Millennials vs Baby Boomers: Who Has More Credit Cards?

Rear view of senior woman and adult daughter strolling in park

It's a common belief that millennials—many of whom came of age during the Great Recession—are credit-shy compared with other age groups. But it's one being disproven more and more as the generation ages. In fact, when it comes to credit cards, millennials are on the fast track to outspend baby boomers.

Boomers still carry more credit cards than millennials on average, but the number of cards in their wallet and their average credit card balance is shrinking. At the same time, millennials are doing the opposite—getting more credit cards and quickly increasing their balances.

Recent data from Experian shows that baby boomers—consumers ages 56 to 74—carried an average of 4.8 credit cards in the second quarter (Q2) of 2019. That's down since Q2 2015 when they carried an average of 5 credit cards. By comparison, millennials had 3.2 credit cards on average in Q2 2019—an increase from the 2.9 they carried five years ago.

Millennials' Credit Card Balances Are on the Rise

Millennials—consumers ages 24 to 39—may owe less and have fewer credit cards than baby boomers, but this pattern is quickly changing. Per credit card account, millennials carried an average balance of $1,527 in Q2 2019, compared with $1,447 per card for baby boomers, according to Experian data. And while total credit card debt grew just over 1% for baby boomers from 2015 to 2019, millennial credit card debt grew nearly 40% over the same time period.

Average Total Credit Card Debt by Generation
Generation20152019Percent Change
Millennials$3,499$4,88939.7%
Baby Boomers$6,862$6,9491.3%

Source: Experian data

The further out millennials get from the financial crisis of the late-2000s—when they witnessed the effects of out-of-control debt—the more open they seem to be taking on new credit and debt.

In the past five years, millennials have seen their total debt grow the most of any generation: 58% from Q2 2015 to Q2 2019. Generation Z saw the second-largest increase (22%) in their total debt, followed by Generation X, whose debt grew by 10% since 2015.

How Millennials Can Use Credit to Their Advantage

As millennials begin to use credit cards more, it's important they know credit cards can be used to their advantage. When used properly, credit cards can help improve credit scores and can accumulate valuable rewards consumers can use for travel and other purchases.

As payment history is the most important aspect of a credit score, making all your credit card and other debt payments on time is key to achieving or maintaining a top score. Additionally, making sure you don't max your cards out will help keep your credit utilization—the second most important aspect of a credit score—in check.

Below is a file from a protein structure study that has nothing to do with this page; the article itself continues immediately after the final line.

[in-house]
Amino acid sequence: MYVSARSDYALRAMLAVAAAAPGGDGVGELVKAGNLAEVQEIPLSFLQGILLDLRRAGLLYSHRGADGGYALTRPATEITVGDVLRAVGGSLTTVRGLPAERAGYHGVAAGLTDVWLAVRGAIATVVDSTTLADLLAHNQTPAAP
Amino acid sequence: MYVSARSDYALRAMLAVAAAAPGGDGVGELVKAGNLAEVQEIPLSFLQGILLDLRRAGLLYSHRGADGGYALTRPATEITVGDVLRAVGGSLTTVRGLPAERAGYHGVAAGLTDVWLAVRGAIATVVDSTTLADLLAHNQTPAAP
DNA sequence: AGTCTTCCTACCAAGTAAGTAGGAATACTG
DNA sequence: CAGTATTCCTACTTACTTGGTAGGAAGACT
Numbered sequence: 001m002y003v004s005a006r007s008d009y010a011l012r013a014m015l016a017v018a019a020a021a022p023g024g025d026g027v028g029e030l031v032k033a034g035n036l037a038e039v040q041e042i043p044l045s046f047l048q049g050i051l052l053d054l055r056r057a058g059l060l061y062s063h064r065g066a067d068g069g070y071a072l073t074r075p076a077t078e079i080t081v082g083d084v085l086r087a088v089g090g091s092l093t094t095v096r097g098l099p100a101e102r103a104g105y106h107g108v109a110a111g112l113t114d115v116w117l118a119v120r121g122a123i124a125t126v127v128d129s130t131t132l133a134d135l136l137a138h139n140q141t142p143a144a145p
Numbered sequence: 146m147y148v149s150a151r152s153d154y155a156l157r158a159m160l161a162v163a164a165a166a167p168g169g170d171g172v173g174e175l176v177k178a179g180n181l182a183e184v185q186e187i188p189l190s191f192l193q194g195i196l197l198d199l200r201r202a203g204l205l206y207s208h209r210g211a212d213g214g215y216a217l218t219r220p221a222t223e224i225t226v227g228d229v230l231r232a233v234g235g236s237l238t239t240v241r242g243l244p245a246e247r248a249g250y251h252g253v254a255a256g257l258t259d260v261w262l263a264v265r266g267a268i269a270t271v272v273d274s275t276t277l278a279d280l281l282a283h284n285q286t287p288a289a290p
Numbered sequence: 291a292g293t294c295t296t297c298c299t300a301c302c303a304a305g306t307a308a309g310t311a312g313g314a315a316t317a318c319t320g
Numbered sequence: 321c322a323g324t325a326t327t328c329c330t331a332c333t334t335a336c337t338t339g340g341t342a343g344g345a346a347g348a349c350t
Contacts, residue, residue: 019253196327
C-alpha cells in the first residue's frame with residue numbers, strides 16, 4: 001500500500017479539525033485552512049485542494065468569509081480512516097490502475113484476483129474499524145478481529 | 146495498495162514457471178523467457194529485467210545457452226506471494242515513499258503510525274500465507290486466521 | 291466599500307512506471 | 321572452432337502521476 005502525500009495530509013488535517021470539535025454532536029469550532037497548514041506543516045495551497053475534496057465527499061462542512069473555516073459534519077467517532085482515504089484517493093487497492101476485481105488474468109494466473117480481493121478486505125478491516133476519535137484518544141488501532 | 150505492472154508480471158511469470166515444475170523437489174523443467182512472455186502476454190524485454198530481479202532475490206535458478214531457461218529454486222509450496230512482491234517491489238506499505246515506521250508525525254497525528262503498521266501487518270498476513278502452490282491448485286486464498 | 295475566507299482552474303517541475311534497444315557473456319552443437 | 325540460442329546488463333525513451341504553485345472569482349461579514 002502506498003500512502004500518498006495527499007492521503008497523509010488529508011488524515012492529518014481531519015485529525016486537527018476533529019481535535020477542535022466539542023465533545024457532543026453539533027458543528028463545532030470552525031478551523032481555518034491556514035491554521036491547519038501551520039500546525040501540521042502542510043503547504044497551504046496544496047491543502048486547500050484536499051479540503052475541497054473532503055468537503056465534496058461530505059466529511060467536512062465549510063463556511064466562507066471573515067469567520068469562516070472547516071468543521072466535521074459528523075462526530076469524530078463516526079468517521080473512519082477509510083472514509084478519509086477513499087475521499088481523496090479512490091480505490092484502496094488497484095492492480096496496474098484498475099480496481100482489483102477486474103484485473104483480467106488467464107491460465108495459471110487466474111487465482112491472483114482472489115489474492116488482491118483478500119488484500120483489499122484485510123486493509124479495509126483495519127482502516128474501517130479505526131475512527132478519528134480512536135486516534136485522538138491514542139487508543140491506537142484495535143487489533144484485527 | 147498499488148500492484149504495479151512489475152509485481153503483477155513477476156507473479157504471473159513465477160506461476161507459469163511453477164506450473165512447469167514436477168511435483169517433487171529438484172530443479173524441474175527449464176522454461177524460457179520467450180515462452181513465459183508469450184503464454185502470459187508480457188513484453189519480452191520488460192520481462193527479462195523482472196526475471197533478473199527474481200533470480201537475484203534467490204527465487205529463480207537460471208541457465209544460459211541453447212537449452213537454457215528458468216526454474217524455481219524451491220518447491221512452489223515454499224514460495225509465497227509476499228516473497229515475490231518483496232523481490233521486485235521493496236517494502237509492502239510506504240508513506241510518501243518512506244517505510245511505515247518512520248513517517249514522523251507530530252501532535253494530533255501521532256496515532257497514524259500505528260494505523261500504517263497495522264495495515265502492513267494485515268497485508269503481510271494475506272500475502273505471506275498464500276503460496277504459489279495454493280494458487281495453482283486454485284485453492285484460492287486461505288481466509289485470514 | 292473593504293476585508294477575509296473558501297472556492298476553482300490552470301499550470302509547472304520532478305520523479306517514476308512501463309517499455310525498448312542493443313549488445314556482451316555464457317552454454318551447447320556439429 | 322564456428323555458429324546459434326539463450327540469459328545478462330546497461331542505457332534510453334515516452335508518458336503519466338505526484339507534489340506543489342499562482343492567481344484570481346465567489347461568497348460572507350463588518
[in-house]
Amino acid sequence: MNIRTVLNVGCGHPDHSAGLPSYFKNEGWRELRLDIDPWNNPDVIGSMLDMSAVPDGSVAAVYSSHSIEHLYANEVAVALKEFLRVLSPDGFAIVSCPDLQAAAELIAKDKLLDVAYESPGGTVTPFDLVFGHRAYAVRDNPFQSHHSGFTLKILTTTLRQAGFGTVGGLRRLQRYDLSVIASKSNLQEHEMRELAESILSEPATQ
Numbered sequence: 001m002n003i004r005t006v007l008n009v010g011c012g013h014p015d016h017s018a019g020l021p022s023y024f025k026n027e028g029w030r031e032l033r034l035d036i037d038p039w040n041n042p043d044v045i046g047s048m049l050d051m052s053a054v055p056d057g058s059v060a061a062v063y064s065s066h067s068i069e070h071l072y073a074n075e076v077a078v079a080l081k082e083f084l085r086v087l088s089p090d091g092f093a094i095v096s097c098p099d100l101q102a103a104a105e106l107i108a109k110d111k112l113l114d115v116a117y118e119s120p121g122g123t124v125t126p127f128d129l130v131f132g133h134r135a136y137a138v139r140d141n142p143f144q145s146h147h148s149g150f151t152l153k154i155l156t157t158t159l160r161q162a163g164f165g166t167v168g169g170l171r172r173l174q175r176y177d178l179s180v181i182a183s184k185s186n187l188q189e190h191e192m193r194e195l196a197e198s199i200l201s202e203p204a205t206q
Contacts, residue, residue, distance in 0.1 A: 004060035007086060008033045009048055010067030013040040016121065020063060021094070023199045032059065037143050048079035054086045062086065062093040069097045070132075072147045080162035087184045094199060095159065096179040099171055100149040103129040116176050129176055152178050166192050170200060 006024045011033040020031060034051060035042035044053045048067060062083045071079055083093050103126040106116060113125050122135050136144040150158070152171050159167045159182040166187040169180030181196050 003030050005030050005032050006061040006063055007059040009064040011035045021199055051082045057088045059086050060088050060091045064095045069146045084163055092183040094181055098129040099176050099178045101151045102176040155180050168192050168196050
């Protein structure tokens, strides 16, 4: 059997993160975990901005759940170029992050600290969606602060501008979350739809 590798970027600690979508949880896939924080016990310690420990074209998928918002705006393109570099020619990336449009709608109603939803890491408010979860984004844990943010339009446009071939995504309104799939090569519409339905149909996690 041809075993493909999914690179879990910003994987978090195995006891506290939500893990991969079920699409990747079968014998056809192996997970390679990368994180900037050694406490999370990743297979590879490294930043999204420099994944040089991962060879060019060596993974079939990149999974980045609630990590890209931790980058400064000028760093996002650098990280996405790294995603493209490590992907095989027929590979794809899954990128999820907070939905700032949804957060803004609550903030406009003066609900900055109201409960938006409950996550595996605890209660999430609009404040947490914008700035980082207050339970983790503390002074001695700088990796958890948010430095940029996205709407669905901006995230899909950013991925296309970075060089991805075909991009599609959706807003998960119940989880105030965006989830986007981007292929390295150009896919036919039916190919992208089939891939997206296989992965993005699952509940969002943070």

Currently, millennials' credit utilization ratio—the total of all their balances compared to the total of all their credit limits—is at 36%. For a good credit score, aim to keep your utilization ratio to under 30%. As millennials add more cards to their wallet and their available credit grows (assuming they don't charge up their cards), this figure could shrink and ultimately help the generation's scores.

Methodology: The analysis results provided are based on an Experian-created statistically relevant aggregate sampling of our consumer credit database that may include use of the FICO® Score 8 version. Different sampling parameters may generate different findings compared with other similar analysis. Analyzed credit data did not contain personal identification information. Metro areas group counties and cities into specific geographic areas for population censuses and compilations of related statistical data.

FICO® is a registered trademark of Fair Isaac Corporation in the U.S. and other countries.

The purpose of this question submission tool is to provide general education on credit reporting. The Ask Experian team cannot respond to each question individually. However, if your question is of interest to a wide audience of consumers, the Experian team may include it in a future post and may also share responses in its social media outreach. If you have a question, others likely have the same question, too. By sharing your questions and our answers, we can help others as well.

Personal credit report disputes cannot be submitted through Ask Experian. To dispute information in your personal credit report, simply follow the instructions provided with it. Your personal credit report includes appropriate contact information including a website address, toll-free telephone number and mailing address.

To submit a dispute online visit Experian's Dispute Center. If you have a current copy of your personal credit report, simply enter the report number where indicated, and follow the instructions provided. If you do not have a current personal report, Experian will provide a free copy when you submit the information requested. Additionally, you may obtain a free copy of your report once a week through April 2022 at AnnualCreditReport.